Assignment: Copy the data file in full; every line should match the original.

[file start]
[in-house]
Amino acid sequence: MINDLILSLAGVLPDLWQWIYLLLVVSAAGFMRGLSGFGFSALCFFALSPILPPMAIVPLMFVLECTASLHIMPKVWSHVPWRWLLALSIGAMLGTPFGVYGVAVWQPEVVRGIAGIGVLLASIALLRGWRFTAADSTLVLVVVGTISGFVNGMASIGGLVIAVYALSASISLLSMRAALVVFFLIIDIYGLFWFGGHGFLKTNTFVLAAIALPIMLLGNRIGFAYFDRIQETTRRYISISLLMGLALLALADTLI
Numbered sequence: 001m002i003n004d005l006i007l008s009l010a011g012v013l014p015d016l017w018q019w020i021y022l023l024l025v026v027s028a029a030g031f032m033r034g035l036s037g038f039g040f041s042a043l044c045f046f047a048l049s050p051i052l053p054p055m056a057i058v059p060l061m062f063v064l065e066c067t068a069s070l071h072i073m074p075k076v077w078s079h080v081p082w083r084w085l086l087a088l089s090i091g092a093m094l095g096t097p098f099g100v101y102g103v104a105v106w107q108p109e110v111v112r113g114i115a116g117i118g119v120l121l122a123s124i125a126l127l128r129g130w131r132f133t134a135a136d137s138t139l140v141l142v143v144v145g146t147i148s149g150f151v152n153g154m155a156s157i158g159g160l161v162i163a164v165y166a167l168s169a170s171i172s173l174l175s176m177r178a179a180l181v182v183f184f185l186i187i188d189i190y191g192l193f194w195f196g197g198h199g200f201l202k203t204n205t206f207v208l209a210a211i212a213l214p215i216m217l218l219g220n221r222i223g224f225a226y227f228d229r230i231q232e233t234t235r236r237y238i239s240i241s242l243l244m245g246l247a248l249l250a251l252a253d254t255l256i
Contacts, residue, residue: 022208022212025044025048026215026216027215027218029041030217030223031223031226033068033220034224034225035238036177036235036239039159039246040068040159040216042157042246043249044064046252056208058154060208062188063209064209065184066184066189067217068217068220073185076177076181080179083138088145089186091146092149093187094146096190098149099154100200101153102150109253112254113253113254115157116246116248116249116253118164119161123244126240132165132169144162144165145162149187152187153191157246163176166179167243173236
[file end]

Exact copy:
[in-house]
Amino acid sequence: MINDLILSLAGVLPDLWQWIYLLLVVSAAGFMRGLSGFGFSALCFFALSPILPPMAIVPLMFVLECTASLHIMPKVWSHVPWRWLLALSIGAMLGTPFGVYGVAVWQPEVVRGIAGIGVLLASIALLRGWRFTAADSTLVLVVVGTISGFVNGMASIGGLVIAVYALSASISLLSMRAALVVFFLIIDIYGLFWFGGHGFLKTNTFVLAAIALPIMLLGNRIGFAYFDRIQETTRRYISISLLMGLALLALADTLI
Numbered sequence: 001m002i003n004d005l006i007l008s009l010a011g012v013l014p015d016l017w018q019w020i021y022l023l024l025v026v027s028a029a030g031f032m033r034g035l036s037g038f039g040f041s042a043l044c045f046f047a048l049s050p051i052l053p054p055m056a057i058v059p060l061m062f063v064l065e066c067t068a069s070l071h072i073m074p075k076v077w078s079h080v081p082w083r084w085l086l087a088l089s090i091g092a093m094l095g096t097p098f099g100v101y102g103v104a105v106w107q108p109e110v111v112r113g114i115a116g117i118g119v120l121l122a123s124i125a126l127l128r129g130w131r132f133t134a135a136d137s138t139l140v141l142v143v144v145g146t147i148s149g150f151v152n153g154m155a156s157i158g159g160l161v162i163a164v165y166a167l168s169a170s171i172s173l174l175s176m177r178a179a180l181v182v183f184f185l186i187i188d189i190y191g192l193f194w195f196g197g198h199g200f201l202k203t204n205t206f207v208l209a210a211i212a213l214p215i216m217l218l219g220n221r222i223g224f225a226y227f228d229r230i231q232e233t234t235r236r237y238i239s240i241s242l243l244m245g246l247a248l249l250a251l252a253d254t255l256i
Contacts, residue, residue: 022208022212025044025048026215026216027215027218029041030217030223031223031226033068033220034224034225035238036177036235036239039159039246040068040159040216042157042246043249044064046252056208058154060208062188063209064209065184066184066189067217068217068220073185076177076181080179083138088145089186091146092149093187094146096190098149099154100200101153102150109253112254113253113254115157116246116248116249116253118164119161123244126240132165132169144162144165145162149187152187153191157246163176166179167243173236